Portraiture

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Portfolio by Eva Woolridge
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Embracing divine identity through photographic portraiture.

Celeste Dupuy-Spencer by Katherine Cooper​
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A painter talks about portraits as love letters, the poetry of country music, addiction and compulsion, drawing out painful archetypes, and finding both resentment and dignity in daily life.

Peter Funch’s 42nd and Vanderbilt by Gideon Jacobs
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Photographer Peter Funch’s new book, 42nd and Vanderbilt, is a clever meditation on the commute, but more specifically, it’s a tightly designed experiment about routine.

Collective Enthusiasm: An Interview with Agnès Varda & JR by Gary M. Kramer
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“We never thought, ‘We have to give them dignity.’ We thought we have to give them empathy.”

Nina Katchadourian by Mónica de la Torre​
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Embracing boredom and creative constraints, Katchadourian tells of in-flight artwork and other conceptual projects.

Alessandra Sanguinetti’s Le Gendarme sur la Colline by Gideon Jacobs
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Old iconography in a new France

Wolfgang Tillmans’s 2017 by Orit Gat
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The smallest of details, writ large

Project by An-My Lê

In the spring of 2015, An-My Lê was invited by film director Gary Ross to photograph on the set of Free State of Jones, his period war film inspired by the life of Newton Knight, a Mississippi farmer and Southern Unionist who led an armed revolt against the Confederacy in 1864. 

Alice Neel’s Uptown by Zack Hatfield
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Portraits of Harlem before gentrification

Roe Ethridge by Tim Griffin
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Humor, commerce, and family play big roles in Ethridge’s conceptual photography.

Enacting Stillness by Kay Larson

From mindful Minimalism to inaction as activism.

Njideka Akunyili Crosby by Erica Ando
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From Lagos to LA, a young painter’s images resonate with meaning, both personal and political.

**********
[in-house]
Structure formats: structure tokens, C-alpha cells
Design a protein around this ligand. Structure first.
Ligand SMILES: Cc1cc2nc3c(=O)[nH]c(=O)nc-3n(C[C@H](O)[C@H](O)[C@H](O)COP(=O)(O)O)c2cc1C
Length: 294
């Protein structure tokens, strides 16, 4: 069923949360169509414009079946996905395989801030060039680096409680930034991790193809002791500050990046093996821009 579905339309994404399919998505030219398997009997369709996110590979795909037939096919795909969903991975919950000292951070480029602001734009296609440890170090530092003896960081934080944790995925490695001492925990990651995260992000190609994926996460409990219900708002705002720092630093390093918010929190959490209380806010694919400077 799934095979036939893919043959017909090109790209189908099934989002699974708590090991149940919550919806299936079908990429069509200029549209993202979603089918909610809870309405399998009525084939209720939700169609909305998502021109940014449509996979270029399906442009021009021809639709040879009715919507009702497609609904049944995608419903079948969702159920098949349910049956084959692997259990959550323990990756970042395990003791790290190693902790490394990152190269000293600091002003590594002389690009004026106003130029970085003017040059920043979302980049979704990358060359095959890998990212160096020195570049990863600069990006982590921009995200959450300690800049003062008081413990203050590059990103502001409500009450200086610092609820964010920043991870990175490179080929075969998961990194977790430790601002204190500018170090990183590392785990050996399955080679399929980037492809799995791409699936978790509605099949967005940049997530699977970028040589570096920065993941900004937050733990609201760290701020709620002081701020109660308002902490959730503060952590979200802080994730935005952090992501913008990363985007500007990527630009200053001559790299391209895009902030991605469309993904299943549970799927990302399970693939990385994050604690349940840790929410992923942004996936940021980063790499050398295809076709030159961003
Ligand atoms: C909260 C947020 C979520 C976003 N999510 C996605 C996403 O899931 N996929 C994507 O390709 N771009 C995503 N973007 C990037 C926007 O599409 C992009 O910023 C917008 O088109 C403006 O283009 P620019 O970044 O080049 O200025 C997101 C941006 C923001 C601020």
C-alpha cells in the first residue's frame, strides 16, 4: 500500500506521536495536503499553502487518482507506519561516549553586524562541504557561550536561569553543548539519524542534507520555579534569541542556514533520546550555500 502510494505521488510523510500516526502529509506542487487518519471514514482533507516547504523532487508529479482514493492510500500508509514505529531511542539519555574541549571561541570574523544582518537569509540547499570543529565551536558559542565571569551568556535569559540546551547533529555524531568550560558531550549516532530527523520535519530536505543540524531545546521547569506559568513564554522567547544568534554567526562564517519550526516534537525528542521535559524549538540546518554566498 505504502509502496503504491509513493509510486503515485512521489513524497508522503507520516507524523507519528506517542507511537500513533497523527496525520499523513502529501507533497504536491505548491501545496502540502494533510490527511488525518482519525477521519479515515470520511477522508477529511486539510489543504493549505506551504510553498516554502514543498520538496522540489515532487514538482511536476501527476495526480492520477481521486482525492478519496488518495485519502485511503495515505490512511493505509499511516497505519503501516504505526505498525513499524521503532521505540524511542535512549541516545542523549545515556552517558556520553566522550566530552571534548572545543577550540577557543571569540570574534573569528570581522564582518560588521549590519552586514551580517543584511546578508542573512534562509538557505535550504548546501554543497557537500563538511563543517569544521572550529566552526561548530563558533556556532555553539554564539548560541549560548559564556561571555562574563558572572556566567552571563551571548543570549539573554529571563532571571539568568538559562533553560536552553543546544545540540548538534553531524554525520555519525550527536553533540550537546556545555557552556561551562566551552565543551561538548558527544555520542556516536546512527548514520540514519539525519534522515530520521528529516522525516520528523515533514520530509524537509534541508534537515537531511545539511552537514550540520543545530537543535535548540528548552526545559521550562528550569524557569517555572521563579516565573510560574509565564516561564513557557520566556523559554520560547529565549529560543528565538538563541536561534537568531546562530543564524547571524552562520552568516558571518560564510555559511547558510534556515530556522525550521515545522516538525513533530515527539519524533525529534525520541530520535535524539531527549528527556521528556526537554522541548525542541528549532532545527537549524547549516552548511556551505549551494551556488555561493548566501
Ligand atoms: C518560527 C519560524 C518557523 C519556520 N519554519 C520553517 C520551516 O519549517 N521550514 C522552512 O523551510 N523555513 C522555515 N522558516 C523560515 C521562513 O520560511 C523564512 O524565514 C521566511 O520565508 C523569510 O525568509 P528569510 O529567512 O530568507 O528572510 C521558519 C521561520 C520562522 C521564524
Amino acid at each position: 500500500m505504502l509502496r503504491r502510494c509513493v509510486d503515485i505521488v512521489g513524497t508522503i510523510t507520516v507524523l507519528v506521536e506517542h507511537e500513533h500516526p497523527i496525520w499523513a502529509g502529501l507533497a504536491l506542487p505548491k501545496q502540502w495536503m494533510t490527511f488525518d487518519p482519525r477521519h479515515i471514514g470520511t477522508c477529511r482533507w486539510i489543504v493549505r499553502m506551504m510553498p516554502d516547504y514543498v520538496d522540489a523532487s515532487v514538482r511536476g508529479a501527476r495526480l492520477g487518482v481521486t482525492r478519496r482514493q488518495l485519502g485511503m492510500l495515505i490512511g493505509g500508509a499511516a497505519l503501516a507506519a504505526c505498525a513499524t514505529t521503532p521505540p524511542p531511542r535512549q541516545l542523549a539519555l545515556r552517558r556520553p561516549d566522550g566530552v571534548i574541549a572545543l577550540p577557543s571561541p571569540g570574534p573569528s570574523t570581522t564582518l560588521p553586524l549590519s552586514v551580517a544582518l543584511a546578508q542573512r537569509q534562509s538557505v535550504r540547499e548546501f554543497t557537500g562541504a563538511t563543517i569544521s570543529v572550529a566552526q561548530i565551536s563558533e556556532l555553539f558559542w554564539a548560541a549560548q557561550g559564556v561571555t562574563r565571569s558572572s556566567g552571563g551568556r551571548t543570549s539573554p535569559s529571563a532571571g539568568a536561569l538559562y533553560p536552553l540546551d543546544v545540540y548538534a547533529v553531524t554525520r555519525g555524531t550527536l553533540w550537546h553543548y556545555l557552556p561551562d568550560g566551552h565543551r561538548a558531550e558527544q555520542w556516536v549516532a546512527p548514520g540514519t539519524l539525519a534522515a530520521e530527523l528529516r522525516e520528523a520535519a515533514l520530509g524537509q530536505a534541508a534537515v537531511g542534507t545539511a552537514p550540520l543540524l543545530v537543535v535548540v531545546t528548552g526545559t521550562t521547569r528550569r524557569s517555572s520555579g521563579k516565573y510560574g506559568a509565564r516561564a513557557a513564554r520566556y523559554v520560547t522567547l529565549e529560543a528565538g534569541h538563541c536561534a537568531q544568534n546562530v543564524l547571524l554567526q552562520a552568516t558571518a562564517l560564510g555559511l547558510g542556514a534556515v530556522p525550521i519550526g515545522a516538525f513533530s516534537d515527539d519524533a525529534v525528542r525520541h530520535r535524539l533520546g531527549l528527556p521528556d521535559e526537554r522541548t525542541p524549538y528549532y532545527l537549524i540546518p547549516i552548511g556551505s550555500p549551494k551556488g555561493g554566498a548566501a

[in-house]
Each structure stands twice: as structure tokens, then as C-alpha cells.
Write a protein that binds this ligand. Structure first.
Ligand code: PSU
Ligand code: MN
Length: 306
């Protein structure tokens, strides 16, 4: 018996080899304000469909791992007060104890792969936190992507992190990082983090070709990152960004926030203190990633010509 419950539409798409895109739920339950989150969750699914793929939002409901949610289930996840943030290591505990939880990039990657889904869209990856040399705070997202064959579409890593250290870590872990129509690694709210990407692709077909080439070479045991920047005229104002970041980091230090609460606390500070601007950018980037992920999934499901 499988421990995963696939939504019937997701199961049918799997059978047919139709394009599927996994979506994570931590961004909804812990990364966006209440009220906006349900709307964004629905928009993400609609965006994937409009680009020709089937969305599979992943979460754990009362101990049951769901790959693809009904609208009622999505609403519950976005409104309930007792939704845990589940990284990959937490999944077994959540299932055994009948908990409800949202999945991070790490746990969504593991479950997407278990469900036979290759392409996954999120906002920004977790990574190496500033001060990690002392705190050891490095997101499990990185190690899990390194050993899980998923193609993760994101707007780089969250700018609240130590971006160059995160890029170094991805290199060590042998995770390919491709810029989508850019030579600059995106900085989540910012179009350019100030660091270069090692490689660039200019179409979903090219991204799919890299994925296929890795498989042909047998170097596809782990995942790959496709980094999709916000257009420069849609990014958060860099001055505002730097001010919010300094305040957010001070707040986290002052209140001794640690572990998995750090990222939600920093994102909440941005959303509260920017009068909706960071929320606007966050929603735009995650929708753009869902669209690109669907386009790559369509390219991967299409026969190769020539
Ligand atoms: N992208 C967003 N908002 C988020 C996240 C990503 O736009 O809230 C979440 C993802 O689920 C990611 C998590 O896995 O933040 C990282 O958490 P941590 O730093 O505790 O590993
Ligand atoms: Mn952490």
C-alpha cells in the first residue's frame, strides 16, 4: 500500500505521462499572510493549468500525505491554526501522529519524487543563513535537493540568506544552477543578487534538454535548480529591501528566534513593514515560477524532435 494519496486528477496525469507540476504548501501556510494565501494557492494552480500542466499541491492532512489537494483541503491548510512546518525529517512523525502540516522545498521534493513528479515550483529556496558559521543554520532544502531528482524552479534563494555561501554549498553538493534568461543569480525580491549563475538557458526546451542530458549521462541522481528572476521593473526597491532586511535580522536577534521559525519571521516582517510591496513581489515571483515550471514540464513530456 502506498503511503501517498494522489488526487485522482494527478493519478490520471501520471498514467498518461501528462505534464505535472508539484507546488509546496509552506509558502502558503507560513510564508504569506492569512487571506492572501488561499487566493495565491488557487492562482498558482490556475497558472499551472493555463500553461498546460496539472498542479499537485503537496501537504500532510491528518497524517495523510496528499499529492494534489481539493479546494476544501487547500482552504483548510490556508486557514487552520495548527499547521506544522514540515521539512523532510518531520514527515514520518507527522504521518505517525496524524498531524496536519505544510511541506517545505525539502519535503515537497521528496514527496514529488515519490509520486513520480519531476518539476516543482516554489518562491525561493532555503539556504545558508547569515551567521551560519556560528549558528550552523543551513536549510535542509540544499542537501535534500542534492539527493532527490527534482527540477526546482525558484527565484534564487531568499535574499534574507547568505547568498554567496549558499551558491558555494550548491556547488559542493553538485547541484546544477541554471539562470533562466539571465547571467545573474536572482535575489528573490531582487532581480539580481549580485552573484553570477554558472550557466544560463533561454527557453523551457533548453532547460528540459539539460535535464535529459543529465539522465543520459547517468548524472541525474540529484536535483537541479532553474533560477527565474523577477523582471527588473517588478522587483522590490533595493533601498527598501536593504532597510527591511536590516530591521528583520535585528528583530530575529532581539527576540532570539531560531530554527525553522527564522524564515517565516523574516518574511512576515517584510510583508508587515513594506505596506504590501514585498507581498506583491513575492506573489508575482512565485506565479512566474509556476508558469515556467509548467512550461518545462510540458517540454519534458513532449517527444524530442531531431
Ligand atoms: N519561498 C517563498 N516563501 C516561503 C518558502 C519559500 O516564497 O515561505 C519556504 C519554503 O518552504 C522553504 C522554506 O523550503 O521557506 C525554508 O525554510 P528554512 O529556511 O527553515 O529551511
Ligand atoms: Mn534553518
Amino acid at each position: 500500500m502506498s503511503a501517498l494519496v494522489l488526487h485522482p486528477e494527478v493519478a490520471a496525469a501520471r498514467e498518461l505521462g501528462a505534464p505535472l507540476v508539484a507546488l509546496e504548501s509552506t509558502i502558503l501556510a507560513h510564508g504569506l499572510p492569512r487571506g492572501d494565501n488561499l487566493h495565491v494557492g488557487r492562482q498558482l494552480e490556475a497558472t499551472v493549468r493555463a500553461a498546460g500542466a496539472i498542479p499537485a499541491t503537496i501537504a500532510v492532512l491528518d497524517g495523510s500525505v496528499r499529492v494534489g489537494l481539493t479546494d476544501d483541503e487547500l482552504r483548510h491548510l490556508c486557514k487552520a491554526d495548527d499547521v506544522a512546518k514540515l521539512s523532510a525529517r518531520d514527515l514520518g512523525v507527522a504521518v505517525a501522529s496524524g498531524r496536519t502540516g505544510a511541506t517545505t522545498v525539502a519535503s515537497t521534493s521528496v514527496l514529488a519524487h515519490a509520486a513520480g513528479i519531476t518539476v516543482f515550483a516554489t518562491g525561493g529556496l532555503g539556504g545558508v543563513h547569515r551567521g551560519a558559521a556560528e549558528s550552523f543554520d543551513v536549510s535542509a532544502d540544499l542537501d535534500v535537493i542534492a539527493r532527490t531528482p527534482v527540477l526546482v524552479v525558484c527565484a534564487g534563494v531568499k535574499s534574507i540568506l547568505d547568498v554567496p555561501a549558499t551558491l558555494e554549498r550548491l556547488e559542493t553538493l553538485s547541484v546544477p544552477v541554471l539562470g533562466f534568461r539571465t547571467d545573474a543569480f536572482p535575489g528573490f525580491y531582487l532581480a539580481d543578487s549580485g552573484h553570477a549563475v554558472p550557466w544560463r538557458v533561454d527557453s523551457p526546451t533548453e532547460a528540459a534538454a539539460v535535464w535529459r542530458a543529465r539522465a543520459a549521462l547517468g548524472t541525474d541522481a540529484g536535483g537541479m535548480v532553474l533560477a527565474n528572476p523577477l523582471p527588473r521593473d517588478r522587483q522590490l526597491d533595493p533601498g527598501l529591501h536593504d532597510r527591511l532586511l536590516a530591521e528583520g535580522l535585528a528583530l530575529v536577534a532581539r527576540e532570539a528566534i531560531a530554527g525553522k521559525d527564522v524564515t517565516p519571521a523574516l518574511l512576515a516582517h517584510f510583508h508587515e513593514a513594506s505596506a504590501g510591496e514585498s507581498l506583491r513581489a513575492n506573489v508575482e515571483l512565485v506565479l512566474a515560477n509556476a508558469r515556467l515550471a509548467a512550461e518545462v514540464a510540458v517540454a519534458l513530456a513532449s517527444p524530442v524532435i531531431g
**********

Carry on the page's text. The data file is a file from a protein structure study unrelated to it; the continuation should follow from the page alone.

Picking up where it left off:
James Esber by David Geers
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While the art-world pendulum predictably swings back and forth between a taste for abstraction and an embrace of figuration, some artists remain steadfast in their pursuits. Such is the case with James Esber, whose work has long sought to merge these seemingly opposed tendencies.

Project by Leanne Shapton
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MOLLY, MERCY, MADELINE,
MYRA, MAGGIE, MEREDITH,
MARLEY, MAGDA, MARGARET,
MINDY, MILLIE, MAGDALA,
MYRNA, MOIRA, MARIANNE,
MARLA, MAURA, MARIGOLD,
MEGHAN, MARY, MILLICENT,
MAITE, MAPLE, MITZI.

End Page by Jonathan Horowitz
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This work by Jonathan Horowitz was produced as a poster for the Jewish Museum exhibition Take Me (I’m Yours), on view September 16, 2016–February 5, 2017.

Brandan “Bmike” Odums by Zachary Lazar
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After Hurricane Katrina, Brandan “Bmike” Odums realized that the graffiti he and other artists were making in the abandoned buildings around New Orleans had an inherent political value, not just because of the subject matter (though Odums himself had always had an affinity for depicting civil-rights icons) but also because creating art in those depopulated spaces foregrounded their meaning, calling attention to what they had once been, what they had been allowed to become, and why.

Patrick Angus in Arkansas
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“A kind of home museum, starting with the garage.”

Portfolio by Adriana Minoliti

Trans-Pictorial CYBORGS / UTOPIAN Multimedia Spaces

Wendy Ewald by Esther Allen
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“I want the people I collaborate with to understand that they can move a way from the realities they’ve been placed into, that they can create a reality.”

Portfolio by Asger Carlsen
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HESTER

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